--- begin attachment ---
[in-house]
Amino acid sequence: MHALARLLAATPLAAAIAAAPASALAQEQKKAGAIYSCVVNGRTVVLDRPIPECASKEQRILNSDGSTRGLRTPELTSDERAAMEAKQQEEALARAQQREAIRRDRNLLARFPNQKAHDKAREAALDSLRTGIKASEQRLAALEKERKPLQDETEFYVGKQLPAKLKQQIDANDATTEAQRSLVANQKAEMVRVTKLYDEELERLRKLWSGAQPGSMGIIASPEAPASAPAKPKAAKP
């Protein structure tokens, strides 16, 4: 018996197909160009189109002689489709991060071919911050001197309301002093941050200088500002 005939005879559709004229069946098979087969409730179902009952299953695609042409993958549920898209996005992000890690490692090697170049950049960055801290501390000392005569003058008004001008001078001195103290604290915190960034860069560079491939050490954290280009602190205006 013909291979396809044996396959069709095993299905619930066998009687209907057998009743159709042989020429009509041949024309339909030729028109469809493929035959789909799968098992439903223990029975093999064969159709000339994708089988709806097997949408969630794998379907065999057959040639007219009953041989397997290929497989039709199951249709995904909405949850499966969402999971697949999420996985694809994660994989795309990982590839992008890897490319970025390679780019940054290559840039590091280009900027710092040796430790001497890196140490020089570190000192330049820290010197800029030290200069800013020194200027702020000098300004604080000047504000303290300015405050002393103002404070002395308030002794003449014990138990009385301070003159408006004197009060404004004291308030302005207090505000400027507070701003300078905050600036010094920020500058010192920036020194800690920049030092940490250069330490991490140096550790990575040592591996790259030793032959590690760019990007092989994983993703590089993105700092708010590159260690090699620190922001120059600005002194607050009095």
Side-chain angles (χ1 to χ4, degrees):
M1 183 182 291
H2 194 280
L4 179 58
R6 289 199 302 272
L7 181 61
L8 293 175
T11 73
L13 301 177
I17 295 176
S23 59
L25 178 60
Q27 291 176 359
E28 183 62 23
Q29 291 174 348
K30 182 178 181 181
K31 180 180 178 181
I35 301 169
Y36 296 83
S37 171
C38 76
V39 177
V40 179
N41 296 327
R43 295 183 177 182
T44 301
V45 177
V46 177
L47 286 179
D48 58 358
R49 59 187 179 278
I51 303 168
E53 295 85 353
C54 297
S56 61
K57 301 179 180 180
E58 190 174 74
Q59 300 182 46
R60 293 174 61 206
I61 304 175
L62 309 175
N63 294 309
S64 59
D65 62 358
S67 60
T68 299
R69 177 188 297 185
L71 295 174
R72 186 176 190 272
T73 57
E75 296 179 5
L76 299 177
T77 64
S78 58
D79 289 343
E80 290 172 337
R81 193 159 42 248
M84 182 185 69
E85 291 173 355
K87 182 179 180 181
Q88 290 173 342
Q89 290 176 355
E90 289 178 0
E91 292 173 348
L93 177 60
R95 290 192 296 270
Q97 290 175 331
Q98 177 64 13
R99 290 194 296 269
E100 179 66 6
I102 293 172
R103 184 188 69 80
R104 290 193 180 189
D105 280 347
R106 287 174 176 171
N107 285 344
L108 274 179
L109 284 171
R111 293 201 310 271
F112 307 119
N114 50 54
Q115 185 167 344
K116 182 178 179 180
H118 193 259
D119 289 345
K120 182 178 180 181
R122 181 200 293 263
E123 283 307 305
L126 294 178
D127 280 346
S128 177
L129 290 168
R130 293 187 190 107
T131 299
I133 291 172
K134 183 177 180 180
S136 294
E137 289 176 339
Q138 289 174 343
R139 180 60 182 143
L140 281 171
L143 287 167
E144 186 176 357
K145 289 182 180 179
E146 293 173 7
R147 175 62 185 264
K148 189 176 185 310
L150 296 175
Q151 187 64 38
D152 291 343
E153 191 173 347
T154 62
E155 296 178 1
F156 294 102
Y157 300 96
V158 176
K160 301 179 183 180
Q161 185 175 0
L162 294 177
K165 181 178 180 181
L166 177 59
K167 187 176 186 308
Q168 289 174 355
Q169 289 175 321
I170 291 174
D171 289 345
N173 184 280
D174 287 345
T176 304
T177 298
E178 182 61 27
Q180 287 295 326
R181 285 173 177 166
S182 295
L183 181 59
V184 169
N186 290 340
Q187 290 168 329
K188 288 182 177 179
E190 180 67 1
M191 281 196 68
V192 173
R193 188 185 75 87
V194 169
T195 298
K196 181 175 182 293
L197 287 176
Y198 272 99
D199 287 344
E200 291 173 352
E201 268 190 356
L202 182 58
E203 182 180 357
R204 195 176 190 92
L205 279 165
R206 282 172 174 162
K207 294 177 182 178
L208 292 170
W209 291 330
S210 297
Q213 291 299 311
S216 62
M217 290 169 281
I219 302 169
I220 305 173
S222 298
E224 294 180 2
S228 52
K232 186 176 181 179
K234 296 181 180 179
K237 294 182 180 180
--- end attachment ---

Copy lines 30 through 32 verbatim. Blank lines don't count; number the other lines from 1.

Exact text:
V45 177
V46 177
L47 286 179